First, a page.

And if you ever feel Jesus seems far away, ask yourself whether you are listening for his voice? Listen to His voice in the Scriptures, trust His motives and follow His lead every day. The security of the sheep, what the sheep do.
3.2 What the Sheep have 10:28-30
Read 10:28-30. This is one of the greatest promises Jesus ever gave, and its as true for us as it was for them. How do we know? Read 10:16
Lets look at what Jesus is saying and take in the enormity of this great promise.
We have a Secure Position
Read John 10:28-29. When I used to read this verse as a young Christian I had a mental picture of a little boy holding onto his Daddy's big hand, but then I thought, OK, so Jesus has saved me, He's got hold of me, but what if I let go of His hand?" But that's not what Jesus is describing here. The picture is of a shepherd holding the sheep in both arms. The sheep isn't hanging on, it couldn't let go if it wanted to, it doesn't have hands. Its simply trusting.
Sheep can do nothing about their safety. They are defenceless. They rely totally upon the Shepherd every moment of their lives. Its the same with us. If you were to die tonight what would happen to you? On what basis do you believe you would go to heaven? Our security rests solely in the hands of Jesus. No where else, not our church affiliation, not our good deeds, not our baptism certificate. Story of chief cashier at Barclays. “The Lord’s my shepherd...” Nothing else and no one else can save us, but Jesus.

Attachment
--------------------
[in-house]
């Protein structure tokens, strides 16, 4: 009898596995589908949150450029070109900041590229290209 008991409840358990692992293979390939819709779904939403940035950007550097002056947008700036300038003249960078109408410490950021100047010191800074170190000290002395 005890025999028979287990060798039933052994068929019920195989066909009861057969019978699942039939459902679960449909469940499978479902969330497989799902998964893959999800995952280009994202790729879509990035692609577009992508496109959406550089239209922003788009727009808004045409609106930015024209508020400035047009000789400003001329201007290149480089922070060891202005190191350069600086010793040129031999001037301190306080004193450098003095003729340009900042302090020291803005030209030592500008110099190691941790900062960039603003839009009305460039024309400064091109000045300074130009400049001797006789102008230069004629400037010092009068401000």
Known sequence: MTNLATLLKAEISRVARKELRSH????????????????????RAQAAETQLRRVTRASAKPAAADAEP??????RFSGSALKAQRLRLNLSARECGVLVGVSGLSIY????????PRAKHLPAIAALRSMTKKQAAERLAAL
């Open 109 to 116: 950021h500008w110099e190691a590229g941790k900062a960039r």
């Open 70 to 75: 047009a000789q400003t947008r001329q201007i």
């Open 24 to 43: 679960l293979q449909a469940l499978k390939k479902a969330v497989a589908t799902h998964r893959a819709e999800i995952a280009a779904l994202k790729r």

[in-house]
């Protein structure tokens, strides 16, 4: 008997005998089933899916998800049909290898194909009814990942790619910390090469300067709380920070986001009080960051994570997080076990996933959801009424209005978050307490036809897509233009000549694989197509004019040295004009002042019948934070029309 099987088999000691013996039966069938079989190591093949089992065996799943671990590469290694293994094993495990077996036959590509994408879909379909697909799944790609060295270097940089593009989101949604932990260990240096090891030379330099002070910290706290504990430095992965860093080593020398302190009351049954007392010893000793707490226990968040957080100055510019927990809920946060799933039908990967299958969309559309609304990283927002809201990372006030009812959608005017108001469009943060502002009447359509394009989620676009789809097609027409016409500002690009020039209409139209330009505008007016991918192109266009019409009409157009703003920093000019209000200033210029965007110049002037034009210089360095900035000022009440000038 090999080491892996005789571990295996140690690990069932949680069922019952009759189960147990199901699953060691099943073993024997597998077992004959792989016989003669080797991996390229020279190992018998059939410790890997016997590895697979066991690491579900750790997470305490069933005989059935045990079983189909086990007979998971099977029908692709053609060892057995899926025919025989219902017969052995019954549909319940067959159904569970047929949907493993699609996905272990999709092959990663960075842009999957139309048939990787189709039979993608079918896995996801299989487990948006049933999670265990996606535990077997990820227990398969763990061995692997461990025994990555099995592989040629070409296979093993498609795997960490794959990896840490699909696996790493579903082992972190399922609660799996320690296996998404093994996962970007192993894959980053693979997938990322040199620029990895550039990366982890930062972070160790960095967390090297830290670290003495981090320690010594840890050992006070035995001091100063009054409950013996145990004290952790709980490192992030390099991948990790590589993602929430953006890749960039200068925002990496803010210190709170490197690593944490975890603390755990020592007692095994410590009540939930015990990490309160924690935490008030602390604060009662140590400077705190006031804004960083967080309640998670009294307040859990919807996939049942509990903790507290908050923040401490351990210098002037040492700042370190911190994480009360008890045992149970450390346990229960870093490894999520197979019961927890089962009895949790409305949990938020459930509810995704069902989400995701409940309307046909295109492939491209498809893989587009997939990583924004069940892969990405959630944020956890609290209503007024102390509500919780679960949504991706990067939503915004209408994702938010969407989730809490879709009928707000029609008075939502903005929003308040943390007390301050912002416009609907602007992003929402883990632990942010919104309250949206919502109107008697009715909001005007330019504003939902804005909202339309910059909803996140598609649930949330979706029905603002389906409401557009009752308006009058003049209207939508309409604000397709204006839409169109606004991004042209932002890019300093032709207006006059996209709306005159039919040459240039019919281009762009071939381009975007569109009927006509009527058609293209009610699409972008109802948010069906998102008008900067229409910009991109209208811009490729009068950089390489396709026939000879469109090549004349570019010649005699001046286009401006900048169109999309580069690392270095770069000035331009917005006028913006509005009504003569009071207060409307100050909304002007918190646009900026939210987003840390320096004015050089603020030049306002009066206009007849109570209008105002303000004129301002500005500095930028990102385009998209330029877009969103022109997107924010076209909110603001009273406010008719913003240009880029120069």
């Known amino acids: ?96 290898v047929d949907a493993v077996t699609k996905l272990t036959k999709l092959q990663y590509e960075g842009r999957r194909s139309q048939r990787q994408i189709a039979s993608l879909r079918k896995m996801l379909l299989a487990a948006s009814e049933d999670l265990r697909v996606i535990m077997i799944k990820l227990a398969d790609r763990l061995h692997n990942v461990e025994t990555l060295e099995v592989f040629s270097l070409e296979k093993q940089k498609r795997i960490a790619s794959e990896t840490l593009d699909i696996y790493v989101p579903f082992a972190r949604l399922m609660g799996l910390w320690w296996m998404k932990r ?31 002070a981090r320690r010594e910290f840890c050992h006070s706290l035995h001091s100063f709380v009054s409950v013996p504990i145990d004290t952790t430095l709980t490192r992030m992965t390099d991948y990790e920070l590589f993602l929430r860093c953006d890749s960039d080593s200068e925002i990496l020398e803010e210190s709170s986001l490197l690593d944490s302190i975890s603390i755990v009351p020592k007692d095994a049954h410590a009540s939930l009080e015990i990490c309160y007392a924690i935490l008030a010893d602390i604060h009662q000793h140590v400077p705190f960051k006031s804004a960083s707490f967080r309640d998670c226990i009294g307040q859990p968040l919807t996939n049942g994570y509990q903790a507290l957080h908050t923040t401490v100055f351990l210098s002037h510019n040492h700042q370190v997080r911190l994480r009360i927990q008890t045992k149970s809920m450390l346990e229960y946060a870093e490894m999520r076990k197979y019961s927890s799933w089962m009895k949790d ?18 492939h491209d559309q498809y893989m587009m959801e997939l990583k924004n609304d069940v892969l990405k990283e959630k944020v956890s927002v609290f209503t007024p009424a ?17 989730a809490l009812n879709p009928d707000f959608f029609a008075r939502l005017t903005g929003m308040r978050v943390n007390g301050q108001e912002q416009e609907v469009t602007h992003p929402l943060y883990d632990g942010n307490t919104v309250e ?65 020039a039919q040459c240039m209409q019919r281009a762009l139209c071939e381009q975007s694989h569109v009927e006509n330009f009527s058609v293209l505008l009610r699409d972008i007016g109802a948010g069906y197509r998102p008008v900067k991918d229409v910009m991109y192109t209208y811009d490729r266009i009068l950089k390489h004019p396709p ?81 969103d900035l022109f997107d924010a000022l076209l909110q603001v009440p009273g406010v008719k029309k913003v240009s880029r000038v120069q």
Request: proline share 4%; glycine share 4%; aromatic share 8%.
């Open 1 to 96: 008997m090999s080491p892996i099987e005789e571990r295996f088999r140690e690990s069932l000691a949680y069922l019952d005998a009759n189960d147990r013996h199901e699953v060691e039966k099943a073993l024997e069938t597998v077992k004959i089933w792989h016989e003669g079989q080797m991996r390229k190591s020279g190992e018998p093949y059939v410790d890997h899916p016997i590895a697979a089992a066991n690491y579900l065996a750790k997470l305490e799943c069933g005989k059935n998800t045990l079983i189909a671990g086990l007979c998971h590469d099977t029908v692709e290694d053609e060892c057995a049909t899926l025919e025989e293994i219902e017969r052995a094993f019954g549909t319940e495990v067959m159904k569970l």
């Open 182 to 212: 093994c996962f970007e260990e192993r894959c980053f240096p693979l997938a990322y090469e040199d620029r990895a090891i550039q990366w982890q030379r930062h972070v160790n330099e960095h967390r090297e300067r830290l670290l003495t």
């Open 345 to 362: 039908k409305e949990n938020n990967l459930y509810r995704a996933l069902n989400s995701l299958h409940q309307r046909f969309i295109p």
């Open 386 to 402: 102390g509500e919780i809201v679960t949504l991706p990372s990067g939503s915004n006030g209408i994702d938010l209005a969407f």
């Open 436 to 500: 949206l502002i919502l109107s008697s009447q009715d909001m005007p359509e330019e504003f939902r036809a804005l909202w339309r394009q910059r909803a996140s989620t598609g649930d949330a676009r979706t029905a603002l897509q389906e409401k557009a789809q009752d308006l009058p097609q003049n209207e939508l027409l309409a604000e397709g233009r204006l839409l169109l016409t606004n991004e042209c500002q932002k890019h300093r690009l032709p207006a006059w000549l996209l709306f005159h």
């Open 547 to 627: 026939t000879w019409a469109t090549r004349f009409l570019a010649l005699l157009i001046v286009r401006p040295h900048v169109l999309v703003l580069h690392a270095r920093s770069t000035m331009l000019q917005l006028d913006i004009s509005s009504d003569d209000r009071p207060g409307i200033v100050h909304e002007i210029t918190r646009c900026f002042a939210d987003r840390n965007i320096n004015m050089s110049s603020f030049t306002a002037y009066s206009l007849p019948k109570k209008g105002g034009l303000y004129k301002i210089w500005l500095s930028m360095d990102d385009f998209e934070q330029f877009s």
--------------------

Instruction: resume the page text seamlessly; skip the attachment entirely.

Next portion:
We have a secure position.
We have Peace of Mind
No one can snatch us out of Jesus arms. Jesus repeats this picture to doubly reinforce it. We rest safe in Jesus arms. We have a secure position, and peace of mind because,
We have Eternal Life
Read 10:28-29. Jesus said "I give them". That means eternal life isn't a reward, its a gift. Do you have peace of mind about your eternal destiny? You can, because Jesus say's its based on your relationship to Him, the Good Shepherd. So where are you? Bleating around lost in the wilderness, or safe in the fold? The only way home is through Jesus. He is the door.
A colleague of mind tells of an after dinner prose and poetry recitation in which his guests read various pieces with great erudition. My friend chose to read Psalm 23. Afterward he apologised for his performance. “Don’t apologise” said one of his guests, “you recited the psalm as if you knew the shepherd.” Do you know the shepherd? If you still find it hard to imagine a sheep fold and Jesus being the door, then remember the last time you visited a large supermarket, and the way the door automatically opened for you when you approached. As it opened it revealed more food than you could ever eat, let alone carry.... A foretaste of heaven?
Jesus is the door, the door that separates time from eternity, separates earth from heaven, separates man from God. Jesus alone has the unique authority to admit entrance to heaven. Jesus is the door; Jesus is the good Shepherd.
The Clue to the Story - Revealed
The Character of the Shepherd - Good
The Condition of the Sheep - Safe